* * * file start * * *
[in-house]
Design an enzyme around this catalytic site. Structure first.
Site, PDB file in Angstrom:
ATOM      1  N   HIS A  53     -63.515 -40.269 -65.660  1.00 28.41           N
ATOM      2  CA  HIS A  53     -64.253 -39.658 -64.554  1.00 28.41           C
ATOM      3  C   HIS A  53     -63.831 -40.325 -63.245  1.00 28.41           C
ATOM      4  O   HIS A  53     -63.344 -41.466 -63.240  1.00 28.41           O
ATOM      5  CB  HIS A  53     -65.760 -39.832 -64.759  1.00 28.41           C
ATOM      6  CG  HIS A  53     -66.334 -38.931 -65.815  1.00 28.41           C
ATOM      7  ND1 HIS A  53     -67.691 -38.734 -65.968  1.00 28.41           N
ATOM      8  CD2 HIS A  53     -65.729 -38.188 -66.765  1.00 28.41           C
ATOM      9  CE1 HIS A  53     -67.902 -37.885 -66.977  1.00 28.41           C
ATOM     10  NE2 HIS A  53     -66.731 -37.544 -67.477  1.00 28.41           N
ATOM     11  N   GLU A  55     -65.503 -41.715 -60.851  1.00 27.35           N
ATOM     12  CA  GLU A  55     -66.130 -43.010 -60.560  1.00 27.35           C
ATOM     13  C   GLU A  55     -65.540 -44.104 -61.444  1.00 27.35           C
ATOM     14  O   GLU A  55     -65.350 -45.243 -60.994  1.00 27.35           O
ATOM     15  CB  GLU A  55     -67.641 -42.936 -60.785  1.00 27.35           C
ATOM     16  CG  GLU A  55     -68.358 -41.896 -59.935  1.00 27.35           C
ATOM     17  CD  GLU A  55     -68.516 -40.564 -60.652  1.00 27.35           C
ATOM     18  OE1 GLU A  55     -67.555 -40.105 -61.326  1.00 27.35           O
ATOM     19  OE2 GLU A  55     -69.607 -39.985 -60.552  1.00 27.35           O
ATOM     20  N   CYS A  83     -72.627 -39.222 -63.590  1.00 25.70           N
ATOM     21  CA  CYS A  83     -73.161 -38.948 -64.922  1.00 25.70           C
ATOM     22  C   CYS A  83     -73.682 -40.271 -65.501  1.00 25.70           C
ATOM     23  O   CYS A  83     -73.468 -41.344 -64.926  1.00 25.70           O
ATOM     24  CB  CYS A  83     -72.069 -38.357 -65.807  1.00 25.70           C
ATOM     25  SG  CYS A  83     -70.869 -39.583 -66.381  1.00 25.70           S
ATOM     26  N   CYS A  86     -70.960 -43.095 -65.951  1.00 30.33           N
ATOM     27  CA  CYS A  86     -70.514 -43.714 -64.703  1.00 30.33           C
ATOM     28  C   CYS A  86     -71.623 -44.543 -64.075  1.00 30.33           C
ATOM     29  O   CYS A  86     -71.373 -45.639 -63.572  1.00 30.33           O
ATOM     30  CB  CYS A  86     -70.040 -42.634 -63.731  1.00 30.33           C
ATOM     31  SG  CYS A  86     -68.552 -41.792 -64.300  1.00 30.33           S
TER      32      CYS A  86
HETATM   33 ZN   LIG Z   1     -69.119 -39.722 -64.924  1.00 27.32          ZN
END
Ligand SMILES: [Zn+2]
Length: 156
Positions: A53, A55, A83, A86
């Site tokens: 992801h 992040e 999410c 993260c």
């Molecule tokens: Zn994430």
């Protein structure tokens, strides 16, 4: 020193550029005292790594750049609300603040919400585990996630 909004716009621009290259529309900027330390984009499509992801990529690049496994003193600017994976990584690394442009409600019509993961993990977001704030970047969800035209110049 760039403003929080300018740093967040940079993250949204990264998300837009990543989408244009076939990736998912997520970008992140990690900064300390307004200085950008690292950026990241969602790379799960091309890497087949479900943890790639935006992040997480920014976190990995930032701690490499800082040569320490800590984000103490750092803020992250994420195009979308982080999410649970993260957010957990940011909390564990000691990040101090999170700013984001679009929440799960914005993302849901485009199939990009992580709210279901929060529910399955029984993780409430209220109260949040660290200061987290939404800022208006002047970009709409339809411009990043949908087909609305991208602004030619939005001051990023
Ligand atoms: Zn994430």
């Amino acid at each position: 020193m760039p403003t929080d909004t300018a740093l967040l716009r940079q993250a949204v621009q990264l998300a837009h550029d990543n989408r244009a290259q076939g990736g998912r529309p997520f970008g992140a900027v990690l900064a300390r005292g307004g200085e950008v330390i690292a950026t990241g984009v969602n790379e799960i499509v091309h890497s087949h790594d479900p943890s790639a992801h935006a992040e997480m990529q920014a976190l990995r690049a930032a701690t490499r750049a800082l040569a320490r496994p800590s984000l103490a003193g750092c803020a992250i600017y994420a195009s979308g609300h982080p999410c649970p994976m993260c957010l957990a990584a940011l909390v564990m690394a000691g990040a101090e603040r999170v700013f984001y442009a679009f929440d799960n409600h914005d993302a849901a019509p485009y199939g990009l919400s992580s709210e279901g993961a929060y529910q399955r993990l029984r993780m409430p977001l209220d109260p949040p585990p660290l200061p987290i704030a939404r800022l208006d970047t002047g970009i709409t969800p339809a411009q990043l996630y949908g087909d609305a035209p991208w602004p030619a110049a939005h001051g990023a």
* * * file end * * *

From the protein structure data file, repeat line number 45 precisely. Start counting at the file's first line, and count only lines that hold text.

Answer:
């Amino acid at each position: 020193m760039p403003t929080d909004t300018a740093l967040l716009r940079q993250a949204v621009q990264l998300a837009h550029d990543n989408r244009a290259q076939g990736g998912r529309p997520f970008g992140a900027v990690l900064a300390r005292g307004g200085e950008v330390i690292a950026t990241g984009v969602n790379e799960i499509v091309h890497s087949h790594d479900p943890s790639a992801h935006a992040e997480m990529q920014a976190l990995r690049a930032a701690t490499r750049a800082l040569a320490r496994p800590s984000l103490a003193g750092c803020a992250i600017y994420a195009s979308g609300h982080p999410c649970p994976m993260c957010l957990a990584a940011l909390v564990m690394a000691g990040a101090e603040r999170v700013f984001y442009a679009f929440d799960n409600h914005d993302a849901a019509p485009y199939g990009l919400s992580s709210e279901g993961a929060y529910q399955r993990l029984r993780m409430p977001l209220d109260p949040p585990p660290l200061p987290i704030a939404r800022l208006d970047t002047g970009i709409t969800p339809a411009q990043l996630y949908g087909d609305a035209p991208w602004p030619a110049a939005h001051g990023a």